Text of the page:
The Fayetteville State University (FSU) Theatre Company and the Department of Performing and Fine Arts will host auditions for Fedra, Queen of Haiti, by J. Nicole Brooks, on Monday, September 10, from 2:30-5pm in Butler Theater or by appointment.
The production, directed by FSU Associate Professor Jeremy Fiebig, opens our theatre season with an explosive retelling of Phaedra that would make Euripides, Seneca and Jean Racine blush. This story of power and lust is set in a re-imagined Haiti that stands as the world's greatest superpower. Only the fiercely mischievous pen of provocative playwright J. Nicole Brooks (Black Diamond) could so ignite the hidden power of this enduring myth.
- The spelling: The early Greeks called her Phaedra; in the 17th century, French playwright Jean Racine went with Phedre as the name of the queen who, in the absence of her husband, lusts after the king's son from a previous marriage. Brooks' version uses the phonetic spelling: "I wanted to tailor this to fit my mother tongue."
- The setting: In 2002, Brooks performed in Court Theatre's production of "Phedre," which director JoAnne Akalaitis adapted from the Racine. "There was a lot of French in that production, and I remember thinking, 'This play would be so dope if it was set in Haiti.' The French is what helped connect me to that, and it's weird, because that comes with colonization and a lot of bloodshed and a lot of bull, but it is what it is."
- The update: "She's taking the archetypes and the basic plot and she's really bringing it into this very modern moment with her own wicked sense of humor and her very strong, muscular writing," says Laura Eason, original director at Lookingglass Theatre Company, who describes a "certain classical feeling and a certain distance that you experience with the Racine, whereas with Nicky's version, it's incredibly immediate, it's very visceral, and I think it draws you in. It's very irreverent. She brings in these wacky pop culture references, and it's sexier because it's more modern and immediate. It's a very interesting mix between this classic story and this modern twist on it."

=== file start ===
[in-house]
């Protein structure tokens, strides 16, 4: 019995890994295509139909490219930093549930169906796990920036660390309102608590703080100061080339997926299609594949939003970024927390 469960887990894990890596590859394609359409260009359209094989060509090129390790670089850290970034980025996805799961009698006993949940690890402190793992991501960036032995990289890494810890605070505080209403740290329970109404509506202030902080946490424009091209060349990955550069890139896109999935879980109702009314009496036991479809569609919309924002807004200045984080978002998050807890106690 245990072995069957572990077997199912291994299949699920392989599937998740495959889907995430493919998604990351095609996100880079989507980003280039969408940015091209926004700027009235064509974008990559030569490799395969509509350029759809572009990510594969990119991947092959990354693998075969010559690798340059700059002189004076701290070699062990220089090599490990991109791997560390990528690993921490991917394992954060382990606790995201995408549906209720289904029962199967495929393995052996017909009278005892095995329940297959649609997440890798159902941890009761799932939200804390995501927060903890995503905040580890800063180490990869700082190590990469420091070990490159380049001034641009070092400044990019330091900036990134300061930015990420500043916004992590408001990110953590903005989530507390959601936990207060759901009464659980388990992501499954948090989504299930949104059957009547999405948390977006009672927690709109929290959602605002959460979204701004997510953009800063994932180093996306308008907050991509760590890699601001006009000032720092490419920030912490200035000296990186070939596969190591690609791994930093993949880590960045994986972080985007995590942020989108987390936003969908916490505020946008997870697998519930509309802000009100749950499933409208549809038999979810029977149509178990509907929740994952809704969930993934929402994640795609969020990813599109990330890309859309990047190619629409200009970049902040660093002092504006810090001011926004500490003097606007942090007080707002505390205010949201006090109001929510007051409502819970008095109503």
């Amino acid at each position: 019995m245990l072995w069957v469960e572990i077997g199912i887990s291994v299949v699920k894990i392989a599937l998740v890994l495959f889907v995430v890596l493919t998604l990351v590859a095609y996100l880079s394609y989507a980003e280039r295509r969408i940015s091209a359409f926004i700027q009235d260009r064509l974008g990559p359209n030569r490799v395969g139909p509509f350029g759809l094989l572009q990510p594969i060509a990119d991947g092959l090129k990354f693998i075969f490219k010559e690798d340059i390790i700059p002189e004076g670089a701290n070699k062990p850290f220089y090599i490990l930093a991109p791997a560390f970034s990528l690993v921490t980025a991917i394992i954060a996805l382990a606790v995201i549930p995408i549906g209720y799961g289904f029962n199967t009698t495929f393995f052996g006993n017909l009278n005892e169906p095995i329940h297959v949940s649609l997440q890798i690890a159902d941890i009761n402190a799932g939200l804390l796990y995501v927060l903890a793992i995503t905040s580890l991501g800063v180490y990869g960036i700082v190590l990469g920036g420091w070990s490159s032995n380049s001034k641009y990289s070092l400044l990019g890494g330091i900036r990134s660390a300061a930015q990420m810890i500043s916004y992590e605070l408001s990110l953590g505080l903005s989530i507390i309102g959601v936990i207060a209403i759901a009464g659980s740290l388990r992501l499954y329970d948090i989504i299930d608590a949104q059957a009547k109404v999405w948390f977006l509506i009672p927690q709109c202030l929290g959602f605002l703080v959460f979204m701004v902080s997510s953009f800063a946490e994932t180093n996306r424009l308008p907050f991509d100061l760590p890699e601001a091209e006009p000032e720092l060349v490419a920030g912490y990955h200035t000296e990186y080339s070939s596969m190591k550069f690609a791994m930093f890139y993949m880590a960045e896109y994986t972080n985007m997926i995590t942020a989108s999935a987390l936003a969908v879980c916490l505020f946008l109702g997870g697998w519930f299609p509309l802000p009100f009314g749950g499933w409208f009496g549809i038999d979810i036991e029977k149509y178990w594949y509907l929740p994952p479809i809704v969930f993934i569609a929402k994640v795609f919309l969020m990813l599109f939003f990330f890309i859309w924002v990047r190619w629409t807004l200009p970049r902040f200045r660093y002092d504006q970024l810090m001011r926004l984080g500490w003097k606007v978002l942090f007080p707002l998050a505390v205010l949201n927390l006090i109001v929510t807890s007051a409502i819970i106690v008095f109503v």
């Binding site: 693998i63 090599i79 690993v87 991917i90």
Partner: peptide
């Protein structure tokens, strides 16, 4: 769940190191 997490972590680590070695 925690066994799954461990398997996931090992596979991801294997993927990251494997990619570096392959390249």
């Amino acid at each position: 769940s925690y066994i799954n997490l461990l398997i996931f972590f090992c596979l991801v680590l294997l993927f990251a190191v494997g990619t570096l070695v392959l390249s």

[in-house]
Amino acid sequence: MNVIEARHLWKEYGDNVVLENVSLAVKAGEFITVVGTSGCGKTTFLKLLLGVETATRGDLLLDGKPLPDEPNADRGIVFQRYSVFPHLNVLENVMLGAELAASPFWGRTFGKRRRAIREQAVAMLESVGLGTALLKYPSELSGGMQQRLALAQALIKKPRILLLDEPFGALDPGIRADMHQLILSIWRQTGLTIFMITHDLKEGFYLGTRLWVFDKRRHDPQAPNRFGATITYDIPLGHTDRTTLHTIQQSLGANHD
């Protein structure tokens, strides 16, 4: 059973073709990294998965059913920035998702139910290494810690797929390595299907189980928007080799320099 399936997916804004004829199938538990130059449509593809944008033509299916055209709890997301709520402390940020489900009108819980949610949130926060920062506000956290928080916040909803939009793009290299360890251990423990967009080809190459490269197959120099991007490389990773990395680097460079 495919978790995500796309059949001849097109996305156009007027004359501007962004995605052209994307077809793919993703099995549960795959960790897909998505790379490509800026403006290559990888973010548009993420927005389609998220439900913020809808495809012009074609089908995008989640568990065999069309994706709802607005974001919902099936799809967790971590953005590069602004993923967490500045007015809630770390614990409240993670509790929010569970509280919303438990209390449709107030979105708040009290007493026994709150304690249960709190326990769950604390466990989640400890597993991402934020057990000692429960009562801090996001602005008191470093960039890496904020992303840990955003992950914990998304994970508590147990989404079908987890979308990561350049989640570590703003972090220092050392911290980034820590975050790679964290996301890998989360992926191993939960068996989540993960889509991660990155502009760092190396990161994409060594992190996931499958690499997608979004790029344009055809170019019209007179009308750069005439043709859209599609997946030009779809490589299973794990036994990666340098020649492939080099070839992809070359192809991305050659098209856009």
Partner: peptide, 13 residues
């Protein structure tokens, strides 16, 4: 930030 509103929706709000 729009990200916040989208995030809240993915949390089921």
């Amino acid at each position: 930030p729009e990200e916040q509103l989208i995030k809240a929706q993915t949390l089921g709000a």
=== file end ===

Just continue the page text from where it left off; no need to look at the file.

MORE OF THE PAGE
- The trash and the tragedy: "All of those Greek tragedies, when you cut right down to it, they were soap operas," Brooks said, "and I love daytime soaps, because they are these fantastic, ridiculous journeys. I don't know if I would call this radical, but I certainly considered it a retelling. I just hope everybody has a dark sense of humor. I've always called this a dark comedy - I don't think it's a tragedy. Maybe that shows you how crazy I am."
- The clock: Brooks has trimmed the fat from the story. "I want this to be hard and fast. I don't want people to come in, sit for three hours, and they're completely atrophied when they leave. This is barely 90 minutes.
Roles available include:
Fedra - Queen of the Greater & Lesser Antilles, a force of nature and a sexy, provocative, willful presence.
Enone - a nurse and confidant to the queen
Panope - A servant woman
Theseus - King of the Greater & Lesser Antillies
Hippolytus - Prince
Theramenes - confidant to Hippolytus
Aricia - A princess of royal blood, held in captivity
Ismene - confidant to the princess
Afrodite - A goddess
Strong language and sexuality factor into this production
Apply to audition here. You will be assigned a time to arrive.
About Fayetteville State University
Fayetteville State University is a constituent institution of The University of North Carolina and the second-oldest public institution of higher education in the state, having been founded in 1867. FSU offers degrees at the baccalaureate, master's, and doctoral levels. With more than 6,200 students, Fayetteville State University is among the most diverse institutions in the nation. Chancellor James A. Anderson is the 11th chief executive officer. To learn more about Fayetteville State University, visit https://www.uncfsu.edu.